Almost twice as many Americans—59 to 32 percent—say going to war with Iraq in 2003 was the wrong thing to do, according to a new poll from Quinnipiac University. (But still split down party lines.) It also found that the only GOP 2016 hopefuls even close to Hillary were Florida Sen. Marco Rubio and Kentucky’s Rand Paul. (Tip of the hat to WSJ’s Beth Reinhard for flagging this one.)
California Republican and Iraq war vet Rep. Duncan Hunter hits the FWD button in message to Pentagon. Less than two weeks after ISIS seized control of the Iraq’s second-largest city of Mosul on June 10, Hunter sent then-Secretary of Defense Chuck Hagel a six-point plan to defeat the insurgents sweeping across Syria and Iraq. He sought to bring back the band of “old hands” and recreate many of the 2007-2008 dynamics around the Sunni Triangle that stood on the shoulders of the U.S. surge in Iraq and a half-decade of mistakes before that. Now 331 days later and with the Pentagon under new leadership, Hunter is resending that six-point plan—this time throwing his support behind arming Iraq’s Sunni tribes to counter Iranian-influenced Shiite militias and “immediately embed special operators and ground-air controllers” on the ground to fight ISIS. You can find Hunter’s plan at the link above.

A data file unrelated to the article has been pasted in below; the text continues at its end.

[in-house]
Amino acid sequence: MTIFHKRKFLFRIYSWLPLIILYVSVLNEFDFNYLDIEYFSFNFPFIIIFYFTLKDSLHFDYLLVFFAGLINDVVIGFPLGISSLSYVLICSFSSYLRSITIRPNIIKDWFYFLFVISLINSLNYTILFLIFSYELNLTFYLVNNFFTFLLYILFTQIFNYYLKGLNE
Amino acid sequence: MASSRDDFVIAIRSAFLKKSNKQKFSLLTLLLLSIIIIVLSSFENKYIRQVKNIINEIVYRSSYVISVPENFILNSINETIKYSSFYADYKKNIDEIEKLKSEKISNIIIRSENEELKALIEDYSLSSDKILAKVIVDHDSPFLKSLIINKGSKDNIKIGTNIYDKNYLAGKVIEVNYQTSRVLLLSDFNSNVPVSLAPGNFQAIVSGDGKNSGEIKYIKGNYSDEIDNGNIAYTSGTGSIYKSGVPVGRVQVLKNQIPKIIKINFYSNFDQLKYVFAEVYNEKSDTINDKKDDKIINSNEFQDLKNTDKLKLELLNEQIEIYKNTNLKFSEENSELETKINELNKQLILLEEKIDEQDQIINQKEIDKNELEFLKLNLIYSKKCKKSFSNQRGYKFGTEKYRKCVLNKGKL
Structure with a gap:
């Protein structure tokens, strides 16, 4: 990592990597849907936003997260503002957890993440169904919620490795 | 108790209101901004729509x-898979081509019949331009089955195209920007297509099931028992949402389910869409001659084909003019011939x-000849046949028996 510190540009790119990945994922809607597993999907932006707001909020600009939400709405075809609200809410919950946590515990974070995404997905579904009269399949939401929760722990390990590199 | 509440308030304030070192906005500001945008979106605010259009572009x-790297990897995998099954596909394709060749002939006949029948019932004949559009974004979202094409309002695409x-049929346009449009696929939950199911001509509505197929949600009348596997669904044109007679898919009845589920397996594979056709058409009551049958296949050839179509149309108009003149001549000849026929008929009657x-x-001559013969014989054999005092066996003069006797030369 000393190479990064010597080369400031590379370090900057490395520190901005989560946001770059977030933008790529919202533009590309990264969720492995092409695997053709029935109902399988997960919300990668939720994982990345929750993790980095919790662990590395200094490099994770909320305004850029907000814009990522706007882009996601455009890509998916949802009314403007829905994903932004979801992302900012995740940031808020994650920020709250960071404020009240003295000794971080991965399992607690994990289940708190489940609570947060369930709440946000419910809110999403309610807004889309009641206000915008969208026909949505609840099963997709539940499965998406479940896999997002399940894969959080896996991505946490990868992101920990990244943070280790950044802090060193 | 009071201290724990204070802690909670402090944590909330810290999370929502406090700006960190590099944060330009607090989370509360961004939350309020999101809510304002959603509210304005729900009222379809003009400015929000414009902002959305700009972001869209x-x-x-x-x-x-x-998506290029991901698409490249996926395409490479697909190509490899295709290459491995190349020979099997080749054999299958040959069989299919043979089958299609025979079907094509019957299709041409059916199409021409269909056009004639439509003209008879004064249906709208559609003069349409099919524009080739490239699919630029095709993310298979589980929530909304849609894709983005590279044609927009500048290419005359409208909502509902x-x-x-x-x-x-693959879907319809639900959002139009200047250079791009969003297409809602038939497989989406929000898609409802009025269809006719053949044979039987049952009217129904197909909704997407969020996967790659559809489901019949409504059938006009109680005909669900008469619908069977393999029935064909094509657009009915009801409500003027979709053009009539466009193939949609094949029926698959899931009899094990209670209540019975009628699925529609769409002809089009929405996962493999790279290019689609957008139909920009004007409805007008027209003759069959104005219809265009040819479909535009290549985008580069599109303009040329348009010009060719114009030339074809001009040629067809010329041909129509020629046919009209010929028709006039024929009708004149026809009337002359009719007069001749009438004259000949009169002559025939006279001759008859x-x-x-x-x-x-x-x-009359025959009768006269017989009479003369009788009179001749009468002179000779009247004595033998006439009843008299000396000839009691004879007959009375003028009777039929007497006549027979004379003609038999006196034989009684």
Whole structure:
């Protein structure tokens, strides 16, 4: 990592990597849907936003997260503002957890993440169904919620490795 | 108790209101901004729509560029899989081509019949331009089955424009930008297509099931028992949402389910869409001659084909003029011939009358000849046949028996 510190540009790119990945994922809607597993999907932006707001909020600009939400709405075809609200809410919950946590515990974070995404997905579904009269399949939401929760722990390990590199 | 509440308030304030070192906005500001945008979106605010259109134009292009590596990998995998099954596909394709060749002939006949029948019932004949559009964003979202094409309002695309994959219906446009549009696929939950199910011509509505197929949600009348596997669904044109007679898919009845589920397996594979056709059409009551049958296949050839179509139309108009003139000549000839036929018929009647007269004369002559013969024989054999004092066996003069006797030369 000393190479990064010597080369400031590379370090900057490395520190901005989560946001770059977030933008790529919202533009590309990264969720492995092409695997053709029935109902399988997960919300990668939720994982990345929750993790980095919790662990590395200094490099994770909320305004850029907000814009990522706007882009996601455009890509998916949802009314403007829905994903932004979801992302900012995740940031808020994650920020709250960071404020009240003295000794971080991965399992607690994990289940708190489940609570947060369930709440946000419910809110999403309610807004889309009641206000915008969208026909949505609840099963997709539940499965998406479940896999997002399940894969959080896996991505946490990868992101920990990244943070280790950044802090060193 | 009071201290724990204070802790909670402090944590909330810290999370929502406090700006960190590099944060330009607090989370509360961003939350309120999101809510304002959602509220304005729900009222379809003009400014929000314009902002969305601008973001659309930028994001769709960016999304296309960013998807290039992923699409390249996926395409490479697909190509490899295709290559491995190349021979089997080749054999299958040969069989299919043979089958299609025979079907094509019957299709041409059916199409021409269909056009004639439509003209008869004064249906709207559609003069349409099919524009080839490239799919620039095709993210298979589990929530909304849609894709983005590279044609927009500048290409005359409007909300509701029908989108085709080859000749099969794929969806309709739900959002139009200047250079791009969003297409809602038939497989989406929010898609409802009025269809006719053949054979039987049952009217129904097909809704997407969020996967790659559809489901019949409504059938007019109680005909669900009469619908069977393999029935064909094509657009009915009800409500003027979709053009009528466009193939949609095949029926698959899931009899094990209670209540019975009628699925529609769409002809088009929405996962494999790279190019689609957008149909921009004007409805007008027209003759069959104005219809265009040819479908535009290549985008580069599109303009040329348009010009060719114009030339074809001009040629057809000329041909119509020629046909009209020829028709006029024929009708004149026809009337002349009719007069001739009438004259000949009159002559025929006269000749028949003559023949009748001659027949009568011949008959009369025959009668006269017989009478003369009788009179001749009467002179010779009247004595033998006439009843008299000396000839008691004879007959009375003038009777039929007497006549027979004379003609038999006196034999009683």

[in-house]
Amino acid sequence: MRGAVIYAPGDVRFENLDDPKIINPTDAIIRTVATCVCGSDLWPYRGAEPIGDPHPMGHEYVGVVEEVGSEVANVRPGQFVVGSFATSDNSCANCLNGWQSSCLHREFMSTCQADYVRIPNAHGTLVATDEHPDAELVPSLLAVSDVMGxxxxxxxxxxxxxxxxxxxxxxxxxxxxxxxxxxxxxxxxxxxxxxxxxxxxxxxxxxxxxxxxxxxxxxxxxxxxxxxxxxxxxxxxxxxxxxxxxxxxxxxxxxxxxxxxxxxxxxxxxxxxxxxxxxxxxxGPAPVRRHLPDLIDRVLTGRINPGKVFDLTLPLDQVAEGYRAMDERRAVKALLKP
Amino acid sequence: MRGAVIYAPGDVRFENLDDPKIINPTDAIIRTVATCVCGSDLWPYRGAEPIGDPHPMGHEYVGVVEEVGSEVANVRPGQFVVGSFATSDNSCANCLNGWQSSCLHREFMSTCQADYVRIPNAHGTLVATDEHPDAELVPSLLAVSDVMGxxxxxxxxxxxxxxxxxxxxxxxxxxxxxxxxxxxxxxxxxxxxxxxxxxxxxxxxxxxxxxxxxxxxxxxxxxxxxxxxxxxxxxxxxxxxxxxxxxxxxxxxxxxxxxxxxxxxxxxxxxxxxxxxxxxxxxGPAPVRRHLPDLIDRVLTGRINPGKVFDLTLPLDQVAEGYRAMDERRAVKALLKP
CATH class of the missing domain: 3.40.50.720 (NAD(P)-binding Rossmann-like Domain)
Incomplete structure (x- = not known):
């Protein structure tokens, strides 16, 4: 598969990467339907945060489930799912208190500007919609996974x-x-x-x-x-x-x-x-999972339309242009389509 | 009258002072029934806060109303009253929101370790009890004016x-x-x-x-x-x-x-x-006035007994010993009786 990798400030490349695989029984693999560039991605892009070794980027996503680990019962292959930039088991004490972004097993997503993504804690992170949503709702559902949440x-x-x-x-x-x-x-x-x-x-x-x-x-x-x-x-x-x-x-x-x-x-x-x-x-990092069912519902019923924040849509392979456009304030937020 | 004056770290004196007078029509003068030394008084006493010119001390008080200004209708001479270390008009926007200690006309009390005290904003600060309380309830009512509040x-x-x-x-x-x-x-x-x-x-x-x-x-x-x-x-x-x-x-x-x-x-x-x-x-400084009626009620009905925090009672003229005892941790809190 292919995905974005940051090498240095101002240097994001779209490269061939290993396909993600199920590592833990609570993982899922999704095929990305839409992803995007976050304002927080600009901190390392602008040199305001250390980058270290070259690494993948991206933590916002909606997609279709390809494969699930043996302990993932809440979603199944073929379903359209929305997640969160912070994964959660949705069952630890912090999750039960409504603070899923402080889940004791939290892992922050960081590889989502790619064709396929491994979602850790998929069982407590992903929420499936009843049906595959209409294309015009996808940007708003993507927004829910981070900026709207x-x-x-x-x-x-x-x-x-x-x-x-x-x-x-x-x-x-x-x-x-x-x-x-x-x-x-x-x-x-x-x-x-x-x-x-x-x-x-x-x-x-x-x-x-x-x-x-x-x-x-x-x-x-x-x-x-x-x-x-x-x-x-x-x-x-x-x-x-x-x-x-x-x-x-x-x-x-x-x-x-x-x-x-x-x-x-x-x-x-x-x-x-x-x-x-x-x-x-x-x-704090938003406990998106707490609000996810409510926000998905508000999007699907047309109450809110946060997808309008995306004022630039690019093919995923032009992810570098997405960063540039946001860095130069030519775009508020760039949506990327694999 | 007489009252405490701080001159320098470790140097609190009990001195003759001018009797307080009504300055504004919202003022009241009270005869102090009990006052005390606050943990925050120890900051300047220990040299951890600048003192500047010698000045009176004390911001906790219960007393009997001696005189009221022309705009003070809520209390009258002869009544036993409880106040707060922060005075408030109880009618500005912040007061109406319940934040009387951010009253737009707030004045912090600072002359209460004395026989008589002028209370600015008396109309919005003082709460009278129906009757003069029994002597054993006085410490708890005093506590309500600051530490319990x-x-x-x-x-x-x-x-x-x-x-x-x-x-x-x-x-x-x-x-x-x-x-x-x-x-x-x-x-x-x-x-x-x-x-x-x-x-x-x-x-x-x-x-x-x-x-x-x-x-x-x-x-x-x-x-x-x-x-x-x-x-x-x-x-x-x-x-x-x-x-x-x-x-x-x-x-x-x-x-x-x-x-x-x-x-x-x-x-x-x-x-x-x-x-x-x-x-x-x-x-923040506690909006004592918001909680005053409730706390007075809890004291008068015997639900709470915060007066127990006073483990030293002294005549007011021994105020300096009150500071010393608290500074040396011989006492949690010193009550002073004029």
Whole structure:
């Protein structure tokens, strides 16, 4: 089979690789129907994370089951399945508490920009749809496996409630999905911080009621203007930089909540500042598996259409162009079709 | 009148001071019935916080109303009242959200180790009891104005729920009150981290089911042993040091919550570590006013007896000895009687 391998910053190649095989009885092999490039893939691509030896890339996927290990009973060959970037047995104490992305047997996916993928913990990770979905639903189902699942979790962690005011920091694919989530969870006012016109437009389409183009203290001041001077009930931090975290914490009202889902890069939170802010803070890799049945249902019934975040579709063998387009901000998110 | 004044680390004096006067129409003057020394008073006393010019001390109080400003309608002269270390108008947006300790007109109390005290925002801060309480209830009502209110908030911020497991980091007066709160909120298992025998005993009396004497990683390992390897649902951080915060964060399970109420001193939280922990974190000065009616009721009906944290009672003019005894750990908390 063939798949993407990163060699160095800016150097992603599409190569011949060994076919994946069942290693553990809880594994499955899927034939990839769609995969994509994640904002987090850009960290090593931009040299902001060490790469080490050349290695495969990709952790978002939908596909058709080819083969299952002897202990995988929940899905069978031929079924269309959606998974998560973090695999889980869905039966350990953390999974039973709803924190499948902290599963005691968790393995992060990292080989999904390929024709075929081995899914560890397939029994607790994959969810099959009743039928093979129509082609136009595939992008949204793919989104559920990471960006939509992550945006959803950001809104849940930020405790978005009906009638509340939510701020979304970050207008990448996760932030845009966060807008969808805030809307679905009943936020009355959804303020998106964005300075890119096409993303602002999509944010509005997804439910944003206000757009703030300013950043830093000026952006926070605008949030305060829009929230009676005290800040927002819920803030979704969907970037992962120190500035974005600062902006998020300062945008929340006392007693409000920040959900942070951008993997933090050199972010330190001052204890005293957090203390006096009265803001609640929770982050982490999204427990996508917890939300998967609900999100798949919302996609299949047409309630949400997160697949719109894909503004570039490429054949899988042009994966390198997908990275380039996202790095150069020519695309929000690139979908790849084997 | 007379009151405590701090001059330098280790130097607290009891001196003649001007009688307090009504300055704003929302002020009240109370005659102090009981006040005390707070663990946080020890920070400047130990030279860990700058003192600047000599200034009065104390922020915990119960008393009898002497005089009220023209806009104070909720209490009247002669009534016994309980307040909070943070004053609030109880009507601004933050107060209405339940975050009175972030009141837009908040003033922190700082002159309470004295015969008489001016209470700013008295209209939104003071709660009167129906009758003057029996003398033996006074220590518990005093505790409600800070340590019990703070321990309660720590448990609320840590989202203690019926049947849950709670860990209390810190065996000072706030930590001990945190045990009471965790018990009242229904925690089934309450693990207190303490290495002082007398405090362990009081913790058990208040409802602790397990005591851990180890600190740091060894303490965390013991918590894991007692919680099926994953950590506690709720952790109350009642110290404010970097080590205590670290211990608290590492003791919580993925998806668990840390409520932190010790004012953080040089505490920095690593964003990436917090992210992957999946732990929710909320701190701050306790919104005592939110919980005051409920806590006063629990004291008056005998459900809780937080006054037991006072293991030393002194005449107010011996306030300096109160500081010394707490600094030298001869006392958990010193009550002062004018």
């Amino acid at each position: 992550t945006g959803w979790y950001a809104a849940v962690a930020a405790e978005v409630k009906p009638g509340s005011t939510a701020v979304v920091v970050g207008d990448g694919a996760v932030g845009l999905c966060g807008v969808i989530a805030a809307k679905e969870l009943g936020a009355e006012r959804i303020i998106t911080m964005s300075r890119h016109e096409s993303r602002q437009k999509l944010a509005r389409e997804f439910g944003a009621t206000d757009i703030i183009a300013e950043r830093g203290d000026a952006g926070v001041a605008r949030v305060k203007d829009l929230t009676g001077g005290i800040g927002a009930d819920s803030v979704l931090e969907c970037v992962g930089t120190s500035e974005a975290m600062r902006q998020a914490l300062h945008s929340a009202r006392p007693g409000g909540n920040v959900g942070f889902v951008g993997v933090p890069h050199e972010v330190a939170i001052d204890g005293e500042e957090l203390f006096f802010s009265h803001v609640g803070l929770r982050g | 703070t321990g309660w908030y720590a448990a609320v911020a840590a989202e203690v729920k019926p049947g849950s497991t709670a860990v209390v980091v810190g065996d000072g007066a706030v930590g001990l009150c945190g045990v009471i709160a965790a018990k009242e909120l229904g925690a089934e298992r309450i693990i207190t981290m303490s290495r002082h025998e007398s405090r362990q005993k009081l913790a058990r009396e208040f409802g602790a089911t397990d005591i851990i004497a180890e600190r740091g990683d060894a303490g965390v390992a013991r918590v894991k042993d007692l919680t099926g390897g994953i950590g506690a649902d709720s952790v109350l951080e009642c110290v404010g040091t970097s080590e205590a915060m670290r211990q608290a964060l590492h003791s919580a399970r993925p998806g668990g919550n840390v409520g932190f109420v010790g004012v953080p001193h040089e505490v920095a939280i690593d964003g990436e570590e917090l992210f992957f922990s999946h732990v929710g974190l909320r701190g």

But for the most part, Congress has offered little more than “sniping,” when it comes to actually getting into the battle to save the Middle East, reports McClatchey’s James Rosen.
The U.S. may have killed another al-Qaeda veteran with a recent airstrike in northwest Syria, Long War Journal’s Thomas Joscelyn writes about Saif Arif, who trained in Afghanistan in the 1990s and was leading al-Qaeda’s Jund al Aqsa’s forces in Syria.
Under-appreciated fact: After the U.S. kills a terrorist leader, a seemingly endless succession of paper work is initiated. Former Army Ranger and CIA analyst Kevin Strouse explains the necessary and occasionally maddening bureaucratic process over at the intelligence blog Overt Action.
With the Cleveland Cavaliers now set to face the Golden State Warriors in the 2015 NBA Finals, evidently the alleged last detainee interrogated by the CIA had a beef with James for the superstar forward’s abandonment of his home state back in 2007. Vice News’ Andrew Helms explains after digging through that letter and others contained in the Senate’s so-called “torture report.”